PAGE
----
These successes were the result of months of a fierce attack on the democratic movement
as well as human rights and the democratic process.
Of course, repression is not the only outcome of democratic movements: for example, democratic movements in Eastern Europe in 1989-90 (with the partial exception of Romania) led to concessions and democratic reforms by the governments involved.
In this article I provide an enhanced version of the data set of democratic movements in Minier (2001), incorporating a classification of the government's response to each movement.
The main goal of the paper is to use a new data set on democratic movements to estimate the relationship between income and democracy, testing more directly than has previously been done whether democracy is a normal good.
To construct the data set of democratic movements, I consulted a wide range of historical and political sources.
There is also a rich discussion on the conditions that led to the democratic movement
in Africa and how popular movements and the new wave of multiparty politics have challenged the African state.
There have been in China several waves in the democratic movement during the 40-some years since the establishment of the Communist regime.
However, when the 1989 democratic movement broke out, these student organizations were sought out by more students as they grew in prominence.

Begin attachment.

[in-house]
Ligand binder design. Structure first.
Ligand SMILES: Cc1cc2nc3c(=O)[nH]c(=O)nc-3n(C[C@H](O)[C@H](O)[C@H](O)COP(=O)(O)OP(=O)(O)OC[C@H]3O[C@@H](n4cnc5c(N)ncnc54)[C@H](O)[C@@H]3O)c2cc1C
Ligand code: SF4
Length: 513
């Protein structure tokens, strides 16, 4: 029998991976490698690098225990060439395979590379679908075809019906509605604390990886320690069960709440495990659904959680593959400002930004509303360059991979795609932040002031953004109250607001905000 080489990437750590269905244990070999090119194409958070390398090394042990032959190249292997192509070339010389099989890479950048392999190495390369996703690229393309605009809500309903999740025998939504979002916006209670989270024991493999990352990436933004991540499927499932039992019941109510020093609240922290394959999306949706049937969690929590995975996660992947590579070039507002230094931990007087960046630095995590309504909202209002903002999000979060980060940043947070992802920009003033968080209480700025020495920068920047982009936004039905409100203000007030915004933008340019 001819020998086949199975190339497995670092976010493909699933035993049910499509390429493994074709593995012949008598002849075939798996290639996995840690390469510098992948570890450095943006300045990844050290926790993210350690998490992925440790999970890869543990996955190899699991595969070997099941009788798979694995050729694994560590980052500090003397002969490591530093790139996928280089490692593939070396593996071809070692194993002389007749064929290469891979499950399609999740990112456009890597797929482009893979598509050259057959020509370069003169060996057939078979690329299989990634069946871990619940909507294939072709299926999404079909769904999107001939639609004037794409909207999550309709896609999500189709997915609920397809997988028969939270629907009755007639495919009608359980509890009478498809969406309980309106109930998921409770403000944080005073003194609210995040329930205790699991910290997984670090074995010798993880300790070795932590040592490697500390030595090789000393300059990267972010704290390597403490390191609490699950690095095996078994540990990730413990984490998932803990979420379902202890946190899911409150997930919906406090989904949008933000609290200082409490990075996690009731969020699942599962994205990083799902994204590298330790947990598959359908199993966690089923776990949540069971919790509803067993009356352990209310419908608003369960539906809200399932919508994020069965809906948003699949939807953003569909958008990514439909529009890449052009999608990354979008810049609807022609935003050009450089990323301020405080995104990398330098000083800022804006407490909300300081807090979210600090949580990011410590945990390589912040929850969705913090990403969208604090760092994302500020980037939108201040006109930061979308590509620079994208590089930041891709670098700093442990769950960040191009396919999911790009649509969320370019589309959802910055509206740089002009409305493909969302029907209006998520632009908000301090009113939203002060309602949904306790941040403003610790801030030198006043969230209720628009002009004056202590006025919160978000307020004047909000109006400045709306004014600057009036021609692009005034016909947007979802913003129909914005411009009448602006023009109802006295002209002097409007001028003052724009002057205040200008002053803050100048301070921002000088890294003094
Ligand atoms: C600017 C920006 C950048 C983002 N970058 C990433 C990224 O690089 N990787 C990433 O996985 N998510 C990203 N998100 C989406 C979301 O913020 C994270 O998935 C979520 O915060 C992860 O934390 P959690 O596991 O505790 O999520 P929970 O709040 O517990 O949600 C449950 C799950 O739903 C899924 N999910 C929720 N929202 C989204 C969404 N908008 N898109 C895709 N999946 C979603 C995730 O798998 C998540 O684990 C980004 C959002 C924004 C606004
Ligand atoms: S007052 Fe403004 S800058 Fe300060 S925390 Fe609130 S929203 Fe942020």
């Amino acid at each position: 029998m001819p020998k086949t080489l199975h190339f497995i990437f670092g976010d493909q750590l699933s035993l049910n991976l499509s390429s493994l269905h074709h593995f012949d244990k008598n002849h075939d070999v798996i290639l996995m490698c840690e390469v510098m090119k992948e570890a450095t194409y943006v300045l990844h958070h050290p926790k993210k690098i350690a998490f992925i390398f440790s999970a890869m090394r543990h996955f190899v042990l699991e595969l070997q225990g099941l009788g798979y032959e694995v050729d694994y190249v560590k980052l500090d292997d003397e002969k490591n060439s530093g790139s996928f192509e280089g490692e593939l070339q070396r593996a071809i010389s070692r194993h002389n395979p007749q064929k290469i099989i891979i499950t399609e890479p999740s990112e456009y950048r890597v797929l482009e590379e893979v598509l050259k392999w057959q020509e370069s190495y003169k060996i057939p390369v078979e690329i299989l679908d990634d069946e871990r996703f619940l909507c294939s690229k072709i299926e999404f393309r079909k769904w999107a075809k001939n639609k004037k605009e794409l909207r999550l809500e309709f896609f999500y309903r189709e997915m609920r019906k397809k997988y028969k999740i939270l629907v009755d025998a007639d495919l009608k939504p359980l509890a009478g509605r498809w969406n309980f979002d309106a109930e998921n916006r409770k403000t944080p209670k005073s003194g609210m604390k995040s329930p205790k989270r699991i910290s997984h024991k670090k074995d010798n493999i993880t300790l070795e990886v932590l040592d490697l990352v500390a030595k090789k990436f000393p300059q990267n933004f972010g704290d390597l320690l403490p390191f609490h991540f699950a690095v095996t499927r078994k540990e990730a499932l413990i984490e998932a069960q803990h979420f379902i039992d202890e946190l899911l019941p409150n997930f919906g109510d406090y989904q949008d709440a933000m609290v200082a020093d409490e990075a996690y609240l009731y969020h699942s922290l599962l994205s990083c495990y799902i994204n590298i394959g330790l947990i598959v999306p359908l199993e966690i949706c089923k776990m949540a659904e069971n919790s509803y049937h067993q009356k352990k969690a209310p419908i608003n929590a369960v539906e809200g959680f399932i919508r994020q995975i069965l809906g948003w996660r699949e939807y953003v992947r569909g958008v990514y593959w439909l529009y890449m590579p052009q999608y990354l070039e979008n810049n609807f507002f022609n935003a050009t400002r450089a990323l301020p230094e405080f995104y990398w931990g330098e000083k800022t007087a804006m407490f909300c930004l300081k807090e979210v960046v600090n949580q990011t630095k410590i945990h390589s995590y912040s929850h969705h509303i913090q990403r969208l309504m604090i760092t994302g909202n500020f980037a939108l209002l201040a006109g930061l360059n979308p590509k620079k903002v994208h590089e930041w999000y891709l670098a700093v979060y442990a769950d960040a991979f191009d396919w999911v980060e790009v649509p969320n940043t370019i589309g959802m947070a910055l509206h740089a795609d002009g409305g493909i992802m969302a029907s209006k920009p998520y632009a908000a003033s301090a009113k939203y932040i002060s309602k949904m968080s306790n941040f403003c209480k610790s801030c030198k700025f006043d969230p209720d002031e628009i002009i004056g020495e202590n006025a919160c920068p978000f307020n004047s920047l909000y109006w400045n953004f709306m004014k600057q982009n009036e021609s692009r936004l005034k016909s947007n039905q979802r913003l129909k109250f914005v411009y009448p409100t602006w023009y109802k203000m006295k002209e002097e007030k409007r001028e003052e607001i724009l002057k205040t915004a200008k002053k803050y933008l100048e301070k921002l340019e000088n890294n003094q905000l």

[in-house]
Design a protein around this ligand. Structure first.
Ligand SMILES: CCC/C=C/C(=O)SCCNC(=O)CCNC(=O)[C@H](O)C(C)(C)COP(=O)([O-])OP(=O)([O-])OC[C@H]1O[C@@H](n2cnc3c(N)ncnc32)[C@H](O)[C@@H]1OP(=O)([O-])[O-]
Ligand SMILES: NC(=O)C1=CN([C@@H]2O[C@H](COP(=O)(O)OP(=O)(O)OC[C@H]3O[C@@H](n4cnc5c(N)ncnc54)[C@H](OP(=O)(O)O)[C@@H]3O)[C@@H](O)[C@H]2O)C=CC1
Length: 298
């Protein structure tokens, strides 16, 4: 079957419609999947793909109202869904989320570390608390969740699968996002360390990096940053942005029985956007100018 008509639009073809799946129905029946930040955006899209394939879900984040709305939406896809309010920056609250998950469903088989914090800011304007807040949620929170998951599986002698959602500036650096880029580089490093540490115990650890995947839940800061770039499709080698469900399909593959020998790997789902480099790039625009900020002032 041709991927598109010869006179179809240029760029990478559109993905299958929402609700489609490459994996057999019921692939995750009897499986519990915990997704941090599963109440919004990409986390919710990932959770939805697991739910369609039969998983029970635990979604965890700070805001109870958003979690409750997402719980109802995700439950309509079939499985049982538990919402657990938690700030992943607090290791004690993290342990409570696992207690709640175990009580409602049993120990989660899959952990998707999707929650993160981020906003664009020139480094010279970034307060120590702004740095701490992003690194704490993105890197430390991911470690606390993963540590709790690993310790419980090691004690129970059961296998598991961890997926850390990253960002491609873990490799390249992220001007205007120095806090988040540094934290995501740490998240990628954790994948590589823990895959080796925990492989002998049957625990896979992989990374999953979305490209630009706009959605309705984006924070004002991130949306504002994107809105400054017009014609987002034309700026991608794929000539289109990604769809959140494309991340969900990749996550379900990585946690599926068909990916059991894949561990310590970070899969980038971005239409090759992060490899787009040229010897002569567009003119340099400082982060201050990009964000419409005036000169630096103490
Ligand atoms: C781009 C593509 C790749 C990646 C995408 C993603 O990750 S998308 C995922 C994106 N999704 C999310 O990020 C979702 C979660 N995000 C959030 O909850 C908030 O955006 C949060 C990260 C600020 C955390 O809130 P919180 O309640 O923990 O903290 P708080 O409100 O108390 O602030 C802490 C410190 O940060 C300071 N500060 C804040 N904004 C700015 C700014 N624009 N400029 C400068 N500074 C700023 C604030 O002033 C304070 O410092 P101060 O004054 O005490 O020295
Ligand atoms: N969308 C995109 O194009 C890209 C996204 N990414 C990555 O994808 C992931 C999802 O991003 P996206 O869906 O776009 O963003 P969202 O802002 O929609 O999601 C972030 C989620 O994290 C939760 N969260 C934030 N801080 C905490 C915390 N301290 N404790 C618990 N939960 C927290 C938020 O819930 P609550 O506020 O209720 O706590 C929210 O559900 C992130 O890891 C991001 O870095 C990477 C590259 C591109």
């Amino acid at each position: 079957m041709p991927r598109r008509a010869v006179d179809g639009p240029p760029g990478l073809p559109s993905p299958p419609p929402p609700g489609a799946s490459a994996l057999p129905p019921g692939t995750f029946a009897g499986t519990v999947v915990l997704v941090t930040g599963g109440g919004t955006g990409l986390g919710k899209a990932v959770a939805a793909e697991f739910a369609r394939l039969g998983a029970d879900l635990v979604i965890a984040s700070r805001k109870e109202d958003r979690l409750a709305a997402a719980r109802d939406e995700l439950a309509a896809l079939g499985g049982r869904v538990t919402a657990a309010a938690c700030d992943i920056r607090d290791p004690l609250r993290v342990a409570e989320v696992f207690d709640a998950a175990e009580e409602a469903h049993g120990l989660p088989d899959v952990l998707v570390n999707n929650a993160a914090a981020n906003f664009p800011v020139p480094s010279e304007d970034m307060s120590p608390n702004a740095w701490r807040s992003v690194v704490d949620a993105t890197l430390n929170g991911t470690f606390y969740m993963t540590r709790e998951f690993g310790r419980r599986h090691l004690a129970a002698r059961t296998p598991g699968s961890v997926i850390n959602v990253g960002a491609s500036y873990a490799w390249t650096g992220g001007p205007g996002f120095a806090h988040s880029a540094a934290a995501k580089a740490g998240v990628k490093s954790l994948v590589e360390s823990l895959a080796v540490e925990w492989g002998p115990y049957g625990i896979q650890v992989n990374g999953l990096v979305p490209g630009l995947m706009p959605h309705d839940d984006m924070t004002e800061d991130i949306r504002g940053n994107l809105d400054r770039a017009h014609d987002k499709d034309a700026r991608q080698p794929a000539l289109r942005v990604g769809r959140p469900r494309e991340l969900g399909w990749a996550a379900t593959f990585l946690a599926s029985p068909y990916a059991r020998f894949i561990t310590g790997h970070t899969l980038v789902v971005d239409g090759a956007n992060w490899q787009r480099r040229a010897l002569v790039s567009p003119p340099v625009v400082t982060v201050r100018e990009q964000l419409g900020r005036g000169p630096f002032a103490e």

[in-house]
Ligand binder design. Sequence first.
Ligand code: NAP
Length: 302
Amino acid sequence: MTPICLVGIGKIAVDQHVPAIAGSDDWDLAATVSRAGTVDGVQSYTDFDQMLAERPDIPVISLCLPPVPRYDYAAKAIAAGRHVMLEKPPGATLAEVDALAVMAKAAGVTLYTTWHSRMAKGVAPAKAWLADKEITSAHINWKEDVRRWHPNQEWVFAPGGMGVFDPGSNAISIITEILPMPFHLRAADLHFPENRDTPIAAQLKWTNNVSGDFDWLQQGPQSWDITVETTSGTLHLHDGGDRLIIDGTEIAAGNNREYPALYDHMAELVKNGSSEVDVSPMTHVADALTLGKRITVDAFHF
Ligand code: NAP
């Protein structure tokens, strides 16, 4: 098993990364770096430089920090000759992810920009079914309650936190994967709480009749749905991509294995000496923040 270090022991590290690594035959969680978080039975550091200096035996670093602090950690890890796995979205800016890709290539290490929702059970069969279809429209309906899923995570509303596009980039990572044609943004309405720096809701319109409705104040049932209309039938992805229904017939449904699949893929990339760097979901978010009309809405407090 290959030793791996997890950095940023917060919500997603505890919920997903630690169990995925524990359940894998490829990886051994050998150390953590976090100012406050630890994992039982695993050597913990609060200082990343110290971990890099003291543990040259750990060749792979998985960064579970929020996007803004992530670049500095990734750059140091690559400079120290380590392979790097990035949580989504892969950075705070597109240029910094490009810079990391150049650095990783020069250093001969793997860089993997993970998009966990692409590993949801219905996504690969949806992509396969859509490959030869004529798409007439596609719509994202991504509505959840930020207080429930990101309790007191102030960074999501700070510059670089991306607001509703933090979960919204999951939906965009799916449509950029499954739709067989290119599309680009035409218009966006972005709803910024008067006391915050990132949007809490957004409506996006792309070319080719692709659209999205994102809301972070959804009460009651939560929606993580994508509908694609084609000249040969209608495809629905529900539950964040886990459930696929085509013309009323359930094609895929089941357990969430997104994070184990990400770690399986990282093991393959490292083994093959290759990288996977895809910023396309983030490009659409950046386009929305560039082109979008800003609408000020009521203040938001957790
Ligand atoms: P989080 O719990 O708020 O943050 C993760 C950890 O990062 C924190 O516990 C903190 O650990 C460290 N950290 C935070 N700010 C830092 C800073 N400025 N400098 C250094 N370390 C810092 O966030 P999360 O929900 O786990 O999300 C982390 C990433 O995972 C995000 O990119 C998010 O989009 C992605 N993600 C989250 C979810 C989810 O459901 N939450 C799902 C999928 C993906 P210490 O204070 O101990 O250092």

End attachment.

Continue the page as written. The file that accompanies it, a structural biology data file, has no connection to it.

First, let us confirm that there are three main political powers in Egypt: the Islamist political movements, at the heart of which is the Muslim Brotherhood; the feloul or remnants of the former regime or supporters of the hegemonic state, at the heart of which is the armed forces and the security apparatus; and lastly the democratic movement, at the heart of which is the political parties of the National Salvation Front.
This time, the Brotherhood faces an alliance between the supporters of the hegemonic state and the democratic movement, but where are the people in this fight?
It is too soon to say whether the second Gulf War will spark a wave of democratic movements
throughout the Middle East, as the president promised in his speech to the American Enterprise Institute before it began.
Written for students of women's studies and international law, this book describes the author's own experiences in fomenting social change for women in India, and how she has had to vary her strategies to adapt to both government policy and the shifting attitudes among other democratic movements